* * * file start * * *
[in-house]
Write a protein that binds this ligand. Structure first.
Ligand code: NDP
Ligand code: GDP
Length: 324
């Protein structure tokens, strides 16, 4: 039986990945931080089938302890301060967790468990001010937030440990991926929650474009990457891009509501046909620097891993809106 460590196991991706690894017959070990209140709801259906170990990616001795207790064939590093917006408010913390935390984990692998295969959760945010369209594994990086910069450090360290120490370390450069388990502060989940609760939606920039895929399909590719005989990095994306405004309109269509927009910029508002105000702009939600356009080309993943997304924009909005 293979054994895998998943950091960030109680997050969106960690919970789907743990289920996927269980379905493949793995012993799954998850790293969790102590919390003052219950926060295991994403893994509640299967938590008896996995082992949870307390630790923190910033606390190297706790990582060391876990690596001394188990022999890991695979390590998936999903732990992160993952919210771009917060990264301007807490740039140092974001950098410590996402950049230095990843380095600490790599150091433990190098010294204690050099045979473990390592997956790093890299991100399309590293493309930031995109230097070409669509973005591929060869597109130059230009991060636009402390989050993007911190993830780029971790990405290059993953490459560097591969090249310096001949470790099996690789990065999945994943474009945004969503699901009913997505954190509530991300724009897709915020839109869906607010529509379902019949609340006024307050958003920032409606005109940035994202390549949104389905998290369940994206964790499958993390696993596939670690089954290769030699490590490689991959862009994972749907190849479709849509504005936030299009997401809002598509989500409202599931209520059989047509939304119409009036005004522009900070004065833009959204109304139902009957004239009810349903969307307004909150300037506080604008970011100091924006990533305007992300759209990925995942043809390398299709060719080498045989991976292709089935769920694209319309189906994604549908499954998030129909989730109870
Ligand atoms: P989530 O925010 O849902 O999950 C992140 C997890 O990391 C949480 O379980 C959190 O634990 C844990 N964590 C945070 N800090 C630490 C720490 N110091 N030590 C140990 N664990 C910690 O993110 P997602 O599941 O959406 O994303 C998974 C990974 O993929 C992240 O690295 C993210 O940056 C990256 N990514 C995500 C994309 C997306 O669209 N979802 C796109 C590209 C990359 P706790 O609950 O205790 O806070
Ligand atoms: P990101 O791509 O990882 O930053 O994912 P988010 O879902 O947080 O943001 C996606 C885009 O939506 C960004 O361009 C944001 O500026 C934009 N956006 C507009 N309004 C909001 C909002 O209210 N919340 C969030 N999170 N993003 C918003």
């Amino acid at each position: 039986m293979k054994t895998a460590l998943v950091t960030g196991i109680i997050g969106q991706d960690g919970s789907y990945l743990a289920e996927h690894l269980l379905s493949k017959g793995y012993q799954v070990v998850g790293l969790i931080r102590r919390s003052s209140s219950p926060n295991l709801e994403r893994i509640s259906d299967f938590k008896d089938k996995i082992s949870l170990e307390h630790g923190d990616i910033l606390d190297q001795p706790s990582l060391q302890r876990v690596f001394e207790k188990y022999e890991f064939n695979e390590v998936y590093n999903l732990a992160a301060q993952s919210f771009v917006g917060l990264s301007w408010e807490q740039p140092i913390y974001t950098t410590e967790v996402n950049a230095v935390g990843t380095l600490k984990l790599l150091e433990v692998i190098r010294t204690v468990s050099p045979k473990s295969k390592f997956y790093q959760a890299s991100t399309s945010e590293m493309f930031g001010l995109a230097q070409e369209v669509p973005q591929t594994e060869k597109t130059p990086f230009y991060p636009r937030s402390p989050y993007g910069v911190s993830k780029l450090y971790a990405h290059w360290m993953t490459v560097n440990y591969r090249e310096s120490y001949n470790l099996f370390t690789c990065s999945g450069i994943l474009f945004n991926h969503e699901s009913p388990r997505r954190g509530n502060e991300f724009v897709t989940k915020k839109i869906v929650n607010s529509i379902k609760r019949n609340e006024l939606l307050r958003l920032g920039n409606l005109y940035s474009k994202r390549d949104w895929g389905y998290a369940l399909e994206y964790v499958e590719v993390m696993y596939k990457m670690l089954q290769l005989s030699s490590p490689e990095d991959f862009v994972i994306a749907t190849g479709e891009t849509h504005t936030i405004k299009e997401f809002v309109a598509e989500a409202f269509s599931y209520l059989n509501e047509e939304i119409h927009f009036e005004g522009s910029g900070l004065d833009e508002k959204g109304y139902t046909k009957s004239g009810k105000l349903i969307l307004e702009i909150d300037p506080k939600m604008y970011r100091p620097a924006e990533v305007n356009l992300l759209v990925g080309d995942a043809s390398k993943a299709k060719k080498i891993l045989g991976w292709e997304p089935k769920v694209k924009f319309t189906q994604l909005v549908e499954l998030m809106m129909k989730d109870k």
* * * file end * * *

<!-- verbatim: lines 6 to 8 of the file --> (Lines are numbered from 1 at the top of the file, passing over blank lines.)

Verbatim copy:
């Protein structure tokens, strides 16, 4: 039986990945931080089938302890301060967790468990001010937030440990991926929650474009990457891009509501046909620097891993809106 460590196991991706690894017959070990209140709801259906170990990616001795207790064939590093917006408010913390935390984990692998295969959760945010369209594994990086910069450090360290120490370390450069388990502060989940609760939606920039895929399909590719005989990095994306405004309109269509927009910029508002105000702009939600356009080309993943997304924009909005 293979054994895998998943950091960030109680997050969106960690919970789907743990289920996927269980379905493949793995012993799954998850790293969790102590919390003052219950926060295991994403893994509640299967938590008896996995082992949870307390630790923190910033606390190297706790990582060391876990690596001394188990022999890991695979390590998936999903732990992160993952919210771009917060990264301007807490740039140092974001950098410590996402950049230095990843380095600490790599150091433990190098010294204690050099045979473990390592997956790093890299991100399309590293493309930031995109230097070409669509973005591929060869597109130059230009991060636009402390989050993007911190993830780029971790990405290059993953490459560097591969090249310096001949470790099996690789990065999945994943474009945004969503699901009913997505954190509530991300724009897709915020839109869906607010529509379902019949609340006024307050958003920032409606005109940035994202390549949104389905998290369940994206964790499958993390696993596939670690089954290769030699490590490689991959862009994972749907190849479709849509504005936030299009997401809002598509989500409202599931209520059989047509939304119409009036005004522009900070004065833009959204109304139902009957004239009810349903969307307004909150300037506080604008970011100091924006990533305007992300759209990925995942043809390398299709060719080498045989991976292709089935769920694209319309189906994604549908499954998030129909989730109870
Ligand atoms: P989530 O925010 O849902 O999950 C992140 C997890 O990391 C949480 O379980 C959190 O634990 C844990 N964590 C945070 N800090 C630490 C720490 N110091 N030590 C140990 N664990 C910690 O993110 P997602 O599941 O959406 O994303 C998974 C990974 O993929 C992240 O690295 C993210 O940056 C990256 N990514 C995500 C994309 C997306 O669209 N979802 C796109 C590209 C990359 P706790 O609950 O205790 O806070
Ligand atoms: P990101 O791509 O990882 O930053 O994912 P988010 O879902 O947080 O943001 C996606 C885009 O939506 C960004 O361009 C944001 O500026 C934009 N956006 C507009 N309004 C909001 C909002 O209210 N919340 C969030 N999170 N993003 C918003």